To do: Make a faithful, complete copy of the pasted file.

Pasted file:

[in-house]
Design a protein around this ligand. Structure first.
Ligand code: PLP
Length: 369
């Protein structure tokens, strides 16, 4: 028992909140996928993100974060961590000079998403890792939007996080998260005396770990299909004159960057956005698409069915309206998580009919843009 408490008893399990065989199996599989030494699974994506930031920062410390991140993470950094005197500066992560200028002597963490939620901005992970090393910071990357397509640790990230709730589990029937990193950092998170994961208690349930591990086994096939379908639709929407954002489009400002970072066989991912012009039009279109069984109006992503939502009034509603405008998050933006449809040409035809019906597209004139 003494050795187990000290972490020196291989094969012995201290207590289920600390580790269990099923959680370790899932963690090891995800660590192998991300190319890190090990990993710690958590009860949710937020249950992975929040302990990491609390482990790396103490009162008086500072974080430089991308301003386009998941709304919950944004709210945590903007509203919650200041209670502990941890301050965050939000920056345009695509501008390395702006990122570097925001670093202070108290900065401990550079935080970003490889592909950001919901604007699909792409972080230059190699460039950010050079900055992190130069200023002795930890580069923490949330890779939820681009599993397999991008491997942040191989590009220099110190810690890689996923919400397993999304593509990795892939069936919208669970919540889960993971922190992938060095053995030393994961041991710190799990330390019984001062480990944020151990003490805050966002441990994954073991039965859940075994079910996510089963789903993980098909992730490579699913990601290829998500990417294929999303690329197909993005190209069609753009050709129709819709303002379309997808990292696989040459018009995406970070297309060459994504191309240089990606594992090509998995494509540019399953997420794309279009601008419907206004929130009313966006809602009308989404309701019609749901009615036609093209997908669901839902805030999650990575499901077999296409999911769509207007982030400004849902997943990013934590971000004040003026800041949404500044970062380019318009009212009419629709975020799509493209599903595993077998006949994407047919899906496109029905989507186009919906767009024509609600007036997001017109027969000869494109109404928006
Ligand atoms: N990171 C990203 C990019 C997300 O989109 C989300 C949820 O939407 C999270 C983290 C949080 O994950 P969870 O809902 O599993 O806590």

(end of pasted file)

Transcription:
[in-house]
Design a protein around this ligand. Structure first.
Ligand code: PLP
Length: 369
């Protein structure tokens, strides 16, 4: 028992909140996928993100974060961590000079998403890792939007996080998260005396770990299909004159960057956005698409069915309206998580009919843009 408490008893399990065989199996599989030494699974994506930031920062410390991140993470950094005197500066992560200028002597963490939620901005992970090393910071990357397509640790990230709730589990029937990193950092998170994961208690349930591990086994096939379908639709929407954002489009400002970072066989991912012009039009279109069984109006992503939502009034509603405008998050933006449809040409035809019906597209004139 003494050795187990000290972490020196291989094969012995201290207590289920600390580790269990099923959680370790899932963690090891995800660590192998991300190319890190090990990993710690958590009860949710937020249950992975929040302990990491609390482990790396103490009162008086500072974080430089991308301003386009998941709304919950944004709210945590903007509203919650200041209670502990941890301050965050939000920056345009695509501008390395702006990122570097925001670093202070108290900065401990550079935080970003490889592909950001919901604007699909792409972080230059190699460039950010050079900055992190130069200023002795930890580069923490949330890779939820681009599993397999991008491997942040191989590009220099110190810690890689996923919400397993999304593509990795892939069936919208669970919540889960993971922190992938060095053995030393994961041991710190799990330390019984001062480990944020151990003490805050966002441990994954073991039965859940075994079910996510089963789903993980098909992730490579699913990601290829998500990417294929999303690329197909993005190209069609753009050709129709819709303002379309997808990292696989040459018009995406970070297309060459994504191309240089990606594992090509998995494509540019399953997420794309279009601008419907206004929130009313966006809602009308989404309701019609749901009615036609093209997908669901839902805030999650990575499901077999296409999911769509207007982030400004849902997943990013934590971000004040003026800041949404500044970062380019318009009212009419629709975020799509493209599903595993077998006949994407047919899906496109029905989507186009919906767009024509609600007036997001017109027969000869494109109404928006
Ligand atoms: N990171 C990203 C990019 C997300 O989109 C989300 C949820 O939407 C999270 C983290 C949080 O994950 P969870 O809902 O599993 O806590």